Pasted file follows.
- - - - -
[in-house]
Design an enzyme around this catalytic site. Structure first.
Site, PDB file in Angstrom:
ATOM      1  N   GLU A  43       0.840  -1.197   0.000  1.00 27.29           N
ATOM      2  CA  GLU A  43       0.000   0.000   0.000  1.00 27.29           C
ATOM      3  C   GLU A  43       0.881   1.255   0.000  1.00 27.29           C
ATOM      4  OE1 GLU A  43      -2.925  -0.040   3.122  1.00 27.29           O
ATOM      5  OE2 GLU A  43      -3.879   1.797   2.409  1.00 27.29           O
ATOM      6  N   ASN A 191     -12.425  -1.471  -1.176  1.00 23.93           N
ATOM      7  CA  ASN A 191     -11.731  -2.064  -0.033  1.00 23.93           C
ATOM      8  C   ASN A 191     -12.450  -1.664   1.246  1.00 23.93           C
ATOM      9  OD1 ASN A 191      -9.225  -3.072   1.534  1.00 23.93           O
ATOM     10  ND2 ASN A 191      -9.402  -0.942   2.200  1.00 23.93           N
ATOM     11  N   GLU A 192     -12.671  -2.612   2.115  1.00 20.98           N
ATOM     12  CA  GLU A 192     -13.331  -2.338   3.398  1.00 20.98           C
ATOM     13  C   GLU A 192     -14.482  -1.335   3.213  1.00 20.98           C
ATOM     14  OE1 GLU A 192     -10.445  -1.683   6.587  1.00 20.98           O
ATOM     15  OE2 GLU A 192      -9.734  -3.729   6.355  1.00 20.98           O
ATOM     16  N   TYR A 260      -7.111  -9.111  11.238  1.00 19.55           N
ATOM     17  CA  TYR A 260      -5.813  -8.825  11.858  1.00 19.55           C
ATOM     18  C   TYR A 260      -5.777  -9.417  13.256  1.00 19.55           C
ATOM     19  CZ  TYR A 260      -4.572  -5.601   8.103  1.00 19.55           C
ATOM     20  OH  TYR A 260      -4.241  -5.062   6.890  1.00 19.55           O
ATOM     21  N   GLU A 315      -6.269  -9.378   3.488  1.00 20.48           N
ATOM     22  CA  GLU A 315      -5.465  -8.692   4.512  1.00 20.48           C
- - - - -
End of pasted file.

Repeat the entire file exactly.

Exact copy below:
[in-house]
Design an enzyme around this catalytic site. Structure first.
Site, PDB file in Angstrom:
ATOM      1  N   GLU A  43       0.840  -1.197   0.000  1.00 27.29           N
ATOM      2  CA  GLU A  43       0.000   0.000   0.000  1.00 27.29           C
ATOM      3  C   GLU A  43       0.881   1.255   0.000  1.00 27.29           C
ATOM      4  OE1 GLU A  43      -2.925  -0.040   3.122  1.00 27.29           O
ATOM      5  OE2 GLU A  43      -3.879   1.797   2.409  1.00 27.29           O
ATOM      6  N   ASN A 191     -12.425  -1.471  -1.176  1.00 23.93           N
ATOM      7  CA  ASN A 191     -11.731  -2.064  -0.033  1.00 23.93           C
ATOM      8  C   ASN A 191     -12.450  -1.664   1.246  1.00 23.93           C
ATOM      9  OD1 ASN A 191      -9.225  -3.072   1.534  1.00 23.93           O
ATOM     10  ND2 ASN A 191      -9.402  -0.942   2.200  1.00 23.93           N
ATOM     11  N   GLU A 192     -12.671  -2.612   2.115  1.00 20.98           N
ATOM     12  CA  GLU A 192     -13.331  -2.338   3.398  1.00 20.98           C
ATOM     13  C   GLU A 192     -14.482  -1.335   3.213  1.00 20.98           C
ATOM     14  OE1 GLU A 192     -10.445  -1.683   6.587  1.00 20.98           O
ATOM     15  OE2 GLU A 192      -9.734  -3.729   6.355  1.00 20.98           O
ATOM     16  N   TYR A 260      -7.111  -9.111  11.238  1.00 19.55           N
ATOM     17  CA  TYR A 260      -5.813  -8.825  11.858  1.00 19.55           C
ATOM     18  C   TYR A 260      -5.777  -9.417  13.256  1.00 19.55           C
ATOM     19  CZ  TYR A 260      -4.572  -5.601   8.103  1.00 19.55           C
ATOM     20  OH  TYR A 260      -4.241  -5.062   6.890  1.00 19.55           O
ATOM     21  N   GLU A 315      -6.269  -9.378   3.488  1.00 20.48           N
ATOM     22  CA  GLU A 315      -5.465  -8.692   4.512  1.00 20.48           C